Spalding–Rigdon theory of Book of Mormon authorship

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The Spalding–Rigdon theory of Book of Mormon authorship is the theory that the Book of Mormon was plagiarized in part from an unpublished manuscript written by Solomon Spalding. This theory first appeared in print in the book Mormonism Unvailed [sic], published in 1834 by E. D. Howe. The theory claimed that the Spalding manuscript was at some point acquired by Sidney Rigdon, who used it in collusion with Joseph Smith to produce the Book of Mormon. Although Rigdon claimed that he was converted to the Latter Day Saint movement through reading the Book of Mormon, Howe argued that the story was a later invention to cover the book's true origins.

Contemporary Mormon apologetics state that the theory has been disproved and is discredited and argue that "few historians—whether friendly or hostile to the truth claims of The Church of Jesus Christ of Latter-day Saints (LDS Church)—believe that the historical data support the Spalding manuscript hypothesis."[1]

Spalding's works[edit]

Solomon Spalding (1761–1816) was the author at least two related texts: the unfinished but extant Manuscript Story – Conneaut Creek, and the finished (but lost) Manuscript, Found, an unpublished historical romance about the lost civilization of the mound builders of North America.

Manuscript Story – Conneaut Creek[edit]

From 1809 to 1812, Spalding worked on a historical fiction about a Roman discovery of the Americas. An unfinished manuscript copy of this work exists, called the "The Oberlin Manuscript" or "Honolulu Manuscript".[2] It is a historical romance "purporting to have been translated from the Latin, found on 24 rolls of parchment in a cave, on the banks of the Conneaut Creek". It tells of a Roman ship which discovers America. Witnesses reported that Manuscript Story – Conneaut Creek bore "no resemblance to 'Manuscript Found'".[3][4]

In 1884, a Spalding manuscript known as Manuscript Story was discovered and published, and the manuscript now resides at Oberlin College in Ohio.[5] This manuscript appears to bear little resemblance to the Book of Mormon story, but some critics claim it contains parallels in theme and narrative.[6] The second "lost" manuscript purported to exist by Howe has never been discovered.[original research?]

Manuscript, Found[edit]

Around 1812, Spaulding completed a historical romance entitled Manuscript, Found which "purported to have been a record found buried in the earth".[4] Spaulding moved to Pittsburgh and reportedly took Manuscript, Found to the publisher Patterson & Lambdin. Spaulding died in 1816.[7] Manuscript, Found was never published and is now a lost work.

Plot

The plot of Manuscript, Found told "of the first settlers of America, endeavoring to show that the American Indians are the descendants of the Jews, or the lost tribes. It gave a detailed account of their journey from Jerusalem, by land and sea, till they arrived in America, under the command of NEPHI and LEHI. They afterwards had quarrels and contentions, and separated into two distinct nations, one of which he denominated Nephites and the other Lamanites. Cruel and bloody wars ensued, in which great multitudes were slain. They buried their dead in large heaps, which caused the mounds so common in this country."[4]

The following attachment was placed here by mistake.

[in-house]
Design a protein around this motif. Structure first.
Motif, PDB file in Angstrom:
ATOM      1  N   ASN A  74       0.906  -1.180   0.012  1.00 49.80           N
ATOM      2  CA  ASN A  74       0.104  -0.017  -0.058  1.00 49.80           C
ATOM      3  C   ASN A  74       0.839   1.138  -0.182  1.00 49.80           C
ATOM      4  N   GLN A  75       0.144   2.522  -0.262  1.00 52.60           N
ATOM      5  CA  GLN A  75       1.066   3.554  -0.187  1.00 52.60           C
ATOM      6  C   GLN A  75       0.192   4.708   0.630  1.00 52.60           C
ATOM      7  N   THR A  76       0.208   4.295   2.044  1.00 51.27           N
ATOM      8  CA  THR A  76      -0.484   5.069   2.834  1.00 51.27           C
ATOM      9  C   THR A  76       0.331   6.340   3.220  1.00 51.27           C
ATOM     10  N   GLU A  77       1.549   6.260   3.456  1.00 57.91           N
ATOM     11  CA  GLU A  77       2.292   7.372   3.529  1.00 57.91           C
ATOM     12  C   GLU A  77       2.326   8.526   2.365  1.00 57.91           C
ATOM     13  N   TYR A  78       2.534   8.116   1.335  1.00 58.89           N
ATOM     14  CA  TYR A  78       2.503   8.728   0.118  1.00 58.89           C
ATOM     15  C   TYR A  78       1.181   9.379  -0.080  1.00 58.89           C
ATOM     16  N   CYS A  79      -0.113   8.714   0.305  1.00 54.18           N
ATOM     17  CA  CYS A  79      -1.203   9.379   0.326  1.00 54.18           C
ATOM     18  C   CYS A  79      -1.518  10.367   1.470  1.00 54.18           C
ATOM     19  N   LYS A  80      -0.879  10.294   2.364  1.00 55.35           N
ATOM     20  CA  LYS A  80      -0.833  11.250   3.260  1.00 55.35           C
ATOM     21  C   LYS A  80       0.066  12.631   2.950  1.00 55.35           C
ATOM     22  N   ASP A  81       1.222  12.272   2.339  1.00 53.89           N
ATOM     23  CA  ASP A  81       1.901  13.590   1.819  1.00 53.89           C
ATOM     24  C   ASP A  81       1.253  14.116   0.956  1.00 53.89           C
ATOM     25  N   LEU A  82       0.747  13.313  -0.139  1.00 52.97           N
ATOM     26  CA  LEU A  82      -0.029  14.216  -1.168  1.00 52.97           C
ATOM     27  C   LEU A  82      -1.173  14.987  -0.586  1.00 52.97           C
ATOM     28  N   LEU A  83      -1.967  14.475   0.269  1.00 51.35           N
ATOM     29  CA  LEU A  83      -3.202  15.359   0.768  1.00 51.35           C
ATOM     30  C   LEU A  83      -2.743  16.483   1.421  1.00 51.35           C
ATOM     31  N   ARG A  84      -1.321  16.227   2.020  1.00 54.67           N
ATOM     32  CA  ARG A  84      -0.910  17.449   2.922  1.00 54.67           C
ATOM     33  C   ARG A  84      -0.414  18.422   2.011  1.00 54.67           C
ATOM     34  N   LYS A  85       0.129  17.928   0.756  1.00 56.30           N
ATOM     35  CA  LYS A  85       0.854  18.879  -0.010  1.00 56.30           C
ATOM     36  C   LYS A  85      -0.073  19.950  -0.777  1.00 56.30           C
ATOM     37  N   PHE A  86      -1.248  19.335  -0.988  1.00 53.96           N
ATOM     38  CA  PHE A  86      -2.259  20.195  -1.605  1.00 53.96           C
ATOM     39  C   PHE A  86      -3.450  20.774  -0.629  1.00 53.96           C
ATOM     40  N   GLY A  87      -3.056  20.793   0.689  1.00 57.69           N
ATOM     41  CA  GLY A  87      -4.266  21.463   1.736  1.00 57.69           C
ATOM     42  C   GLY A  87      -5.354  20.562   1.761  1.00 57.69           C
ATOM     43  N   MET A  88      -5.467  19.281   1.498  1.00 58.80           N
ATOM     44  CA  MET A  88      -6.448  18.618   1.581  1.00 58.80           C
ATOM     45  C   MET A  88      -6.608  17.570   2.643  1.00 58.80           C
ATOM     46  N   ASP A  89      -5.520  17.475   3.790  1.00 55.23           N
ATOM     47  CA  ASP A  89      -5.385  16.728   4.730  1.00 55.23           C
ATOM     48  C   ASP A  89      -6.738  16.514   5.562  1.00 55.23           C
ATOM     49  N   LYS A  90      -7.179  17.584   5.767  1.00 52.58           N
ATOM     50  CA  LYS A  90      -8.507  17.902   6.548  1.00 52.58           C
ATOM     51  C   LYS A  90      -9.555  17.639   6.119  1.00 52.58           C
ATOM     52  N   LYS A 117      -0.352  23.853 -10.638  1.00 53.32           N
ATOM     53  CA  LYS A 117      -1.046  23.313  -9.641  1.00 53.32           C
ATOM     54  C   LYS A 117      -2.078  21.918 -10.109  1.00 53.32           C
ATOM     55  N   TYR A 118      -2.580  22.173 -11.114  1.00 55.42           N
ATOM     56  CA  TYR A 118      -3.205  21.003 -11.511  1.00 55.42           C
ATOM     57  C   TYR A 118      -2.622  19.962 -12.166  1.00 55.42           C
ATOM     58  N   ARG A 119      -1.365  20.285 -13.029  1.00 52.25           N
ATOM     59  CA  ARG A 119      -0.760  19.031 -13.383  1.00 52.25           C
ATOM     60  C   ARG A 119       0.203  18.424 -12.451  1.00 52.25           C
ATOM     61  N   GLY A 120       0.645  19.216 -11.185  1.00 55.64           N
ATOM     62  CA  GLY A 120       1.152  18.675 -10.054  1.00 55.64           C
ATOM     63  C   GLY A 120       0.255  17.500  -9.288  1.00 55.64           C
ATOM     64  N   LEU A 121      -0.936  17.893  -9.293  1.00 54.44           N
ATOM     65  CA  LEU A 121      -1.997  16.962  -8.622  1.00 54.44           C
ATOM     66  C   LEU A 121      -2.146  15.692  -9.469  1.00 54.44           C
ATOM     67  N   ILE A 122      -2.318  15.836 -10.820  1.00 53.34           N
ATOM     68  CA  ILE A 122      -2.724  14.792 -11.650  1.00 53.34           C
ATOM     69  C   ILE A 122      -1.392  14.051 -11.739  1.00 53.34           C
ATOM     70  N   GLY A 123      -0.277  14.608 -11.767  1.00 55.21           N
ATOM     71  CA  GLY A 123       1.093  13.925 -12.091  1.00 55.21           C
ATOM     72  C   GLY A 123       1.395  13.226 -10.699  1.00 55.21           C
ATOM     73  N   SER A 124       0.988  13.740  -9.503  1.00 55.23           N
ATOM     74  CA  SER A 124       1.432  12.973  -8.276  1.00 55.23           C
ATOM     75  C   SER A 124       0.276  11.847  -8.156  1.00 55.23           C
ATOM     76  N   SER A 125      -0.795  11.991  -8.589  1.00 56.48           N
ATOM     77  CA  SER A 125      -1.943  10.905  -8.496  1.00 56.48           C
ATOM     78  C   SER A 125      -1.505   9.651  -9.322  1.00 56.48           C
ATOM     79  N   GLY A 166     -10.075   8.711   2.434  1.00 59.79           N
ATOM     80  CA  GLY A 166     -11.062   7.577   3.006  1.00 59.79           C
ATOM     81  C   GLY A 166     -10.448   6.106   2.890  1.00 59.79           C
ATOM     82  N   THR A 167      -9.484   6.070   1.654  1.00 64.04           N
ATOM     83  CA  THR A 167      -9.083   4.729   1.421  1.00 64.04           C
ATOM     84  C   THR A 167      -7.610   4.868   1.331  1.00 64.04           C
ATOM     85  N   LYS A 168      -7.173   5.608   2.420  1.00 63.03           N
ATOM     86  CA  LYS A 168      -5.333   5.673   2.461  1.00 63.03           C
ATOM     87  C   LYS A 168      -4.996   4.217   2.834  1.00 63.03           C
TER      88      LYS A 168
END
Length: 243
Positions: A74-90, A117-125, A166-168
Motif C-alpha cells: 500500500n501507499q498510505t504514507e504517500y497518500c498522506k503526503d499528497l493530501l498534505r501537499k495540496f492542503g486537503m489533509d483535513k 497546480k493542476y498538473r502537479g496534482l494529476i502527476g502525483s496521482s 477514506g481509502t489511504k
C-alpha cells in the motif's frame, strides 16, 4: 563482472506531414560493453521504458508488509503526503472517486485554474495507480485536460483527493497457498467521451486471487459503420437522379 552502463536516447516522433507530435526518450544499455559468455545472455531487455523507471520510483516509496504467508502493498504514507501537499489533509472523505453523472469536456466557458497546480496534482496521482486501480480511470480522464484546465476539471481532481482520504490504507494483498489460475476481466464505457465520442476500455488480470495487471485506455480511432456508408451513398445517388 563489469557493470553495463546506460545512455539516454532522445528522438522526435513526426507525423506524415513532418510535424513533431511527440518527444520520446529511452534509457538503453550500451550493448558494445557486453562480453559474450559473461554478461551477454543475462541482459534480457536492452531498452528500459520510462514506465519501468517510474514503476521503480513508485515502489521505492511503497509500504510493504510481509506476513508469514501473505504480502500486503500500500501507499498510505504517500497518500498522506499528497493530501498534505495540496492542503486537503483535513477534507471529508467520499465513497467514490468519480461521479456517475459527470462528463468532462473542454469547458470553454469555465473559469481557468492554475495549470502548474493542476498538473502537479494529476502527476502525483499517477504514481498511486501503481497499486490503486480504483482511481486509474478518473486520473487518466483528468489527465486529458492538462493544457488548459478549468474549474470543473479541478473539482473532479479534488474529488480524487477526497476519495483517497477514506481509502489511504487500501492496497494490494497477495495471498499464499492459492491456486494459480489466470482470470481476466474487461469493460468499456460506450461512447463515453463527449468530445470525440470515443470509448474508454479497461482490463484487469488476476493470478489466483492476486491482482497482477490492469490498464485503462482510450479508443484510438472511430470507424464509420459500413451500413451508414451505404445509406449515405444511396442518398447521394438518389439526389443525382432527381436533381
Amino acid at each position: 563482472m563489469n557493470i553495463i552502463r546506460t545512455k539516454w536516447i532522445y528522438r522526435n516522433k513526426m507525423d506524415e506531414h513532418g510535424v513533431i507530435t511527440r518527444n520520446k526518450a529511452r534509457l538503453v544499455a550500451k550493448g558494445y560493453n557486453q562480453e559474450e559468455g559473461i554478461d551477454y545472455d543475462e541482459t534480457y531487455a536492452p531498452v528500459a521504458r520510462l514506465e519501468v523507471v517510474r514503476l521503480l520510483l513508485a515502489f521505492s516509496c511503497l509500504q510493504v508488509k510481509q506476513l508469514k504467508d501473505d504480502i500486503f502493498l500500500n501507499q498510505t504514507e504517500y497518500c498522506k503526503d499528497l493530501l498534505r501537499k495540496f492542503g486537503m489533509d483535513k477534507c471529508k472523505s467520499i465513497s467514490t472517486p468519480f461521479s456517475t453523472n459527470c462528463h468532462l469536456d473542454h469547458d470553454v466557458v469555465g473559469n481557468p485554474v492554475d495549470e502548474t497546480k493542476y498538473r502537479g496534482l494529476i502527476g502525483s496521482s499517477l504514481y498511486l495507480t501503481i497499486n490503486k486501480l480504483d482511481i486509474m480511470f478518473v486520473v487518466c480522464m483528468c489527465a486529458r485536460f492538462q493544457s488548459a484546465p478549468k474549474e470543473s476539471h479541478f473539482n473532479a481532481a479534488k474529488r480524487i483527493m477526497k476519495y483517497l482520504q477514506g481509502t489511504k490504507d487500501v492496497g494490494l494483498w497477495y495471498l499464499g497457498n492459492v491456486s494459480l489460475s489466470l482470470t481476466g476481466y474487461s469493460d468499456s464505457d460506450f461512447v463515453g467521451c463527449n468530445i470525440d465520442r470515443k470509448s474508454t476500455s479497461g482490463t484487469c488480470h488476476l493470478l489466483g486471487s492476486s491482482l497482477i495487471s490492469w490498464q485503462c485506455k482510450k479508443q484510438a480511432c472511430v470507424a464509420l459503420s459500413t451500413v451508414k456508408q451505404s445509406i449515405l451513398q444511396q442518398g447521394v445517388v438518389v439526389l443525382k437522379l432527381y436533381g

Phraseology

Manuscript, Found was written "in scripture style of writing". Readers recalled its repetitive usage of phrases like "and it came to pass" or "now it came to pass", as well as the repeated phrase "I Nephi".[8]

Similarity to Book of Mormon[edit]

In 1832, Latter Day Saint missionaries Samuel H. Smith and Orson Hyde visited Conneaut, Ohio, and preached from the Book of Mormon. Nehemiah King, a resident of Conneaut who knew Spalding when he lived there, felt that the Mormon text resembled the story written by Spalding years before.

In 1833, Spalding's brother John and seven other residents of Conneaut signed affidavits stating that Spalding had written a manuscript, portions of which were identical to the Book of Mormon. Spalding's widow told a similar story, and stated that "the names of Nephi and Lehi are yet fresh in my memory, as being the principal heroes of his tale."[9] These statements were published in E. D. Howe's 1834 book Mormonism Unvailed.[10]

Historian Fawn Brodie expressed suspicion regarding these statements, claiming that the style of the statements was too similar and displayed too much uniformity. Brodie suggests that the witnesses had a "little judicious prompting."[11]

In an article published in June 1834, the Hudson, Ohio Observer[12]printed interviews with some of the Conneaut witnesses.

Sidney Rigdon[edit]

Sidney Ridgon

The theory that Sidney Rigdon was the true author of the Book of Mormon first appeared in print in a February 15, 1831 article.[13] Ridgon's role as author was also proposed in an August 1831 article by James Gordon Bennett, who had visited the PalmyraManchester area and interviewed several residents.[14]

Ridgon's denial[edit]

In 1839, Rigdon published a letter to the editor in which he denied the theory that he had anything to do with the creation of the Book of Mormon.[15] Ridgon acknowledged a "slight acquaintance" with publisher Robert Patterson, but denied any firsthand knowledge of a printing office. He emphatically denied any prior knowledge of Solomon Spalding or his manuscripts.

Later statements supporting the theory[edit]

In January 1841, Adamson Bentley gave a statement saying, "I know that Sydney Rigdon told me there was a book coming out (the manuscript of which had been found engraved on gold plates) as much as two years before the Mormon book made its appearance in this country or had been heard of by me."[16]